May 12, 2021
Next Generation in National Security (Next Gen), Out in National Security (ONS), and New America are excited to highlight and celebrate the #NextGenNatSec Experts, and LGBTQIA+ Out in National Security Leaders who have received political appointments in the Biden administration in our #LookingLikeAmerica campaign!
While this page does not reflect all the appointees from both the Next Gen and ONS communities (participants opted-in), the #LookingLikeAmerica effort demonstrates the impact of both the #NextGenNatSec List and Out Leadership List as potential resources for those in hiring positions.
Moreover, the #LookingLikeAmerica campaign showcases the exceptional talent of individuals of underrepresented backgrounds, increasing transparency about pathways into the national security space. Finally, #LookingLikeAmerica carries on the mission of the Lists, further increasing the visibility of national security experts of underrepresented racial and ethnic backgrounds and sexual orientations who are now serving in the Biden administration.
In 2018, Next Generation in National Security and New America released the first #NextGenNatSec List, honoring and amplifying the presence of experts, contributors, and leaders of color in the field. More recently in 2020, Out in National Security and New America, with support from Next Generation in National Security, released the annual Leadership List to honor the contributions of LGBTQIA+ experts in U.S. national security and foreign policy.
Over the course of two years, Next Generation in National Security and New America have released seven lists, recognizing the talents of 230 national security and foreign policy practitioners who identify as Black, Latinx, Asian, Pacific Islander, Middle Eastern, and North African American.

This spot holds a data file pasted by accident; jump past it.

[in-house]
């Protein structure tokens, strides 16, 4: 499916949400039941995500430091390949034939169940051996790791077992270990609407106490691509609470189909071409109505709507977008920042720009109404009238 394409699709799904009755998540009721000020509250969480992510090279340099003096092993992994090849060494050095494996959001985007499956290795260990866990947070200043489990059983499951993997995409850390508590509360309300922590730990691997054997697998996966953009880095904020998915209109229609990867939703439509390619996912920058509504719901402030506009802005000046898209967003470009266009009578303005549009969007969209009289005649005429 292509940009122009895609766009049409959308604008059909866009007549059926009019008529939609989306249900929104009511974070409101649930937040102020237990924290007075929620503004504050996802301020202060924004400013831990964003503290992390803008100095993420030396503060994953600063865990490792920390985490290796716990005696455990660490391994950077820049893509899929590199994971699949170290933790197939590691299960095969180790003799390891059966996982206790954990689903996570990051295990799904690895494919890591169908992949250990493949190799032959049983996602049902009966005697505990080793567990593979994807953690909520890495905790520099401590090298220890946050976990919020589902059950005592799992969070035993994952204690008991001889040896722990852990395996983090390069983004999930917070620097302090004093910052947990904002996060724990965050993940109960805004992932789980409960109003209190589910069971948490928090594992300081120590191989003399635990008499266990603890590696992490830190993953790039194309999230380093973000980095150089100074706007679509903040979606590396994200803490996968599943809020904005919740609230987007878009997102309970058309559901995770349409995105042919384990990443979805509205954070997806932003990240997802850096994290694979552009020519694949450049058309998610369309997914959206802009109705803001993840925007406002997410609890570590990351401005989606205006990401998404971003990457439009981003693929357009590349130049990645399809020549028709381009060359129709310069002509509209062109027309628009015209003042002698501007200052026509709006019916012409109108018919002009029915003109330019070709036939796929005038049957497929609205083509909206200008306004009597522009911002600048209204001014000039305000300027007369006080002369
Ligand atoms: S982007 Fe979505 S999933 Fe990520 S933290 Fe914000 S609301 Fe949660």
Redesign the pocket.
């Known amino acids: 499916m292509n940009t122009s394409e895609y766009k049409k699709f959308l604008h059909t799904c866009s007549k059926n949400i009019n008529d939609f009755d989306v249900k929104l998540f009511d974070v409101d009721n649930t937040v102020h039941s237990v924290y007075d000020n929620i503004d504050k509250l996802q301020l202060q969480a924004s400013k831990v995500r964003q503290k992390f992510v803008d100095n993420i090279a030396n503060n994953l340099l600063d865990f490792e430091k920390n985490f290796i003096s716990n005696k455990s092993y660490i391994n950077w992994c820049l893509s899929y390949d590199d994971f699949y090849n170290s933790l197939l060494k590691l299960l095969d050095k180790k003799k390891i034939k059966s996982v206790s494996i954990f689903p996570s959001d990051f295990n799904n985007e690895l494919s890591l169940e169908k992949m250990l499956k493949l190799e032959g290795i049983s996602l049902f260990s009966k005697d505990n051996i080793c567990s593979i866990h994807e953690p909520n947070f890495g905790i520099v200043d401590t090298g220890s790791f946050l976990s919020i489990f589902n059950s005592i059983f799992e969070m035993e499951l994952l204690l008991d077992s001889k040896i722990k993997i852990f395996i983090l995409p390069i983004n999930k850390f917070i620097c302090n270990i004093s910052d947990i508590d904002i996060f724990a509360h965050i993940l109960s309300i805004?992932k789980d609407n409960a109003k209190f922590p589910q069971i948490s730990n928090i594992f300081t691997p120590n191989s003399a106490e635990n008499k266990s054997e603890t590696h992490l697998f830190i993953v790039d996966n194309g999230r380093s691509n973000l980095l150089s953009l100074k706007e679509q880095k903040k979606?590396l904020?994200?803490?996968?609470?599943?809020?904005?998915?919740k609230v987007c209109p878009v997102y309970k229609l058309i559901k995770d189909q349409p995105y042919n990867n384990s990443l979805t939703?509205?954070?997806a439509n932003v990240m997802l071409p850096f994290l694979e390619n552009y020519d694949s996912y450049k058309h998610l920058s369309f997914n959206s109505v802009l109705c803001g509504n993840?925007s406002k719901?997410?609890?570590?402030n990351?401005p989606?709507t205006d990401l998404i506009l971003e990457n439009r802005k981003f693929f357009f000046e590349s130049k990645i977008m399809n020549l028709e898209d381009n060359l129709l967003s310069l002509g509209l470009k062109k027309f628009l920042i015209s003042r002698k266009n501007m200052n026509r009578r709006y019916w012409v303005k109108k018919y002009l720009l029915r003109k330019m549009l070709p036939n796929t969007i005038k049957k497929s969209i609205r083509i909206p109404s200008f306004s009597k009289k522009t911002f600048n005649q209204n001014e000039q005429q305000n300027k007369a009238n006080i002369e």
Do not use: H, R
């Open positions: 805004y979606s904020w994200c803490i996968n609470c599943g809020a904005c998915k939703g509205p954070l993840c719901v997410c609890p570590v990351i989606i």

These lists were a few among several other ongoing efforts to address the lack of diversity and representation within the national security space. When Next Gen and New America launched the very first list in 2018, people of color constituted only 26.2 percent of the intelligence community and women made up 38.8 percent of the intelligence workforce.
Members of Next Gen framed the issue in 2018 in this manner, writing:
“It’s well known that the United States takes great pride in being a multicultural nation, but when our national security ranks don’t reflect that diversity, it weakens the very ideals and values that we, as a country, have long been touting to other parts of the world. According to the National Security Diversity and Inclusion Workforce Act of 2017, minorities represented only 22 percent of the overall officer corps in the military—far less than the 40 percent of the enlisted force.
The act also recognizes that many racial and ethnic groups remain stuck in low- and mid-career positions in the State Department. It points out that though black Americans represent 15 percent of the total State Department workforce, they represent only 6 percent of the Foreign Service.”
Leaders in the national security space have emphasized that a diverse workforce is essential because individuals of different races, ethnicities, genders, and sexual orientations—when fully included—bring invaluable, varied perspectives that are essential to creative problem solving, as well as assets integral to cross-cultural, linguistic, and international exchanges. Moreover, an intelligence community that more closely represents the United States demographically renders it more capable of understanding the security concerns and needs of the nation as a whole.
The lists created by Next Gen and ONS in partnership with New America connect managers, employers, journalists, and event organizers to national security experts who are underrepresented in the national security space. Next Gen and ONS has shared the work of honorees with networks across the industry, establishing partnerships to support the cultivation of this communities’ talent and to support efforts aimed at promoting diverse candidates for political appointments.
This collection of profiles, #LookingLikeAmerica, demonstrates the impact of the Lists and shows that concerted efforts to increase the visibility of experts of all races, genders, and sexual orientations in the national security space can make a difference.